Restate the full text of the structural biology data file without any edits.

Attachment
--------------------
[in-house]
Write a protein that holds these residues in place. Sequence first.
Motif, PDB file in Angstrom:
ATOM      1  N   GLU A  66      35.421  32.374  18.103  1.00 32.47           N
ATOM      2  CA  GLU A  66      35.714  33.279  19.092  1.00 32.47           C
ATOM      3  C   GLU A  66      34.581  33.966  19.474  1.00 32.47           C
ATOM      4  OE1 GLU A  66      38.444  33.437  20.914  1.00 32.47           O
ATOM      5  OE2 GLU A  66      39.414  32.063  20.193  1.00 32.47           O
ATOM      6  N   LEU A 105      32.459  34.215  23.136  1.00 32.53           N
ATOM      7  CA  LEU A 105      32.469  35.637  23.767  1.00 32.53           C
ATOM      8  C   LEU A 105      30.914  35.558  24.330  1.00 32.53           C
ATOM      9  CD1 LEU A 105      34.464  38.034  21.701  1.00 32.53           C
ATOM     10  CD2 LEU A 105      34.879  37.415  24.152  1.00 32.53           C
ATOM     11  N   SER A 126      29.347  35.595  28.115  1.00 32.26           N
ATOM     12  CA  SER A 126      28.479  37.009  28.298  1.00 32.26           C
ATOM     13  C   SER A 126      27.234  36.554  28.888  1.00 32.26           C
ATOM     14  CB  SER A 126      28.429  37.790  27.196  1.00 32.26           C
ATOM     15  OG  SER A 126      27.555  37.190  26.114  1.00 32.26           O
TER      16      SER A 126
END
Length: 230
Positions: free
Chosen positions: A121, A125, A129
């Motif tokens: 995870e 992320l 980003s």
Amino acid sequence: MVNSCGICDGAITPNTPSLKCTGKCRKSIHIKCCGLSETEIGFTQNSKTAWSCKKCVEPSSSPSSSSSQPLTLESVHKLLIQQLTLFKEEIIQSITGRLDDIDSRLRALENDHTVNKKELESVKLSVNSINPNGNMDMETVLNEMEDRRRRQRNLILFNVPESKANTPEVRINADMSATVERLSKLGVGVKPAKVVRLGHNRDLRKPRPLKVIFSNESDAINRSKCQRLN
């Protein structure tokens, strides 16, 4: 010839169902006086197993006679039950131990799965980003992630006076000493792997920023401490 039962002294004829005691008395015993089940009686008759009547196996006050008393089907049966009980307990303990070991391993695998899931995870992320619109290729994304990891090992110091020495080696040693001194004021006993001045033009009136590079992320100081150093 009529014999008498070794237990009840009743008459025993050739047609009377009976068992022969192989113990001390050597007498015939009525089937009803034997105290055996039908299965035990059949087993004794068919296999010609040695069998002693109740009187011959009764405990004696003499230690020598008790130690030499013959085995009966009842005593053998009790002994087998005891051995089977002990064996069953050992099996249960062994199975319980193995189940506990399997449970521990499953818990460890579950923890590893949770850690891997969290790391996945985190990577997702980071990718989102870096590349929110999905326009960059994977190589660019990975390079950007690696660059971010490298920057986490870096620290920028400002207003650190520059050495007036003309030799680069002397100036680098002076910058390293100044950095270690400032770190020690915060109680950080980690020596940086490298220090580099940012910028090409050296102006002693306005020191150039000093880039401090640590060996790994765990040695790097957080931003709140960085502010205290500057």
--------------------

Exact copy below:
[in-house]
Write a protein that holds these residues in place. Sequence first.
Motif, PDB file in Angstrom:
ATOM      1  N   GLU A  66      35.421  32.374  18.103  1.00 32.47           N
ATOM      2  CA  GLU A  66      35.714  33.279  19.092  1.00 32.47           C
ATOM      3  C   GLU A  66      34.581  33.966  19.474  1.00 32.47           C
ATOM      4  OE1 GLU A  66      38.444  33.437  20.914  1.00 32.47           O
ATOM      5  OE2 GLU A  66      39.414  32.063  20.193  1.00 32.47           O
ATOM      6  N   LEU A 105      32.459  34.215  23.136  1.00 32.53           N
ATOM      7  CA  LEU A 105      32.469  35.637  23.767  1.00 32.53           C
ATOM      8  C   LEU A 105      30.914  35.558  24.330  1.00 32.53           C
ATOM      9  CD1 LEU A 105      34.464  38.034  21.701  1.00 32.53           C
ATOM     10  CD2 LEU A 105      34.879  37.415  24.152  1.00 32.53           C
ATOM     11  N   SER A 126      29.347  35.595  28.115  1.00 32.26           N
ATOM     12  CA  SER A 126      28.479  37.009  28.298  1.00 32.26           C
ATOM     13  C   SER A 126      27.234  36.554  28.888  1.00 32.26           C
ATOM     14  CB  SER A 126      28.429  37.790  27.196  1.00 32.26           C
ATOM     15  OG  SER A 126      27.555  37.190  26.114  1.00 32.26           O
TER      16      SER A 126
END
Length: 230
Positions: free
Chosen positions: A121, A125, A129
């Motif tokens: 995870e 992320l 980003s």
Amino acid sequence: MVNSCGICDGAITPNTPSLKCTGKCRKSIHIKCCGLSETEIGFTQNSKTAWSCKKCVEPSSSPSSSSSQPLTLESVHKLLIQQLTLFKEEIIQSITGRLDDIDSRLRALENDHTVNKKELESVKLSVNSINPNGNMDMETVLNEMEDRRRRQRNLILFNVPESKANTPEVRINADMSATVERLSKLGVGVKPAKVVRLGHNRDLRKPRPLKVIFSNESDAINRSKCQRLN
């Protein structure tokens, strides 16, 4: 010839169902006086197993006679039950131990799965980003992630006076000493792997920023401490 039962002294004829005691008395015993089940009686008759009547196996006050008393089907049966009980307990303990070991391993695998899931995870992320619109290729994304990891090992110091020495080696040693001194004021006993001045033009009136590079992320100081150093 009529014999008498070794237990009840009743008459025993050739047609009377009976068992022969192989113990001390050597007498015939009525089937009803034997105290055996039908299965035990059949087993004794068919296999010609040695069998002693109740009187011959009764405990004696003499230690020598008790130690030499013959085995009966009842005593053998009790002994087998005891051995089977002990064996069953050992099996249960062994199975319980193995189940506990399997449970521990499953818990460890579950923890590893949770850690891997969290790391996945985190990577997702980071990718989102870096590349929110999905326009960059994977190589660019990975390079950007690696660059971010490298920057986490870096620290920028400002207003650190520059050495007036003309030799680069002397100036680098002076910058390293100044950095270690400032770190020690915060109680950080980690020596940086490298220090580099940012910028090409050296102006002693306005020191150039000093880039401090640590060996790994765990040695790097957080931003709140960085502010205290500057």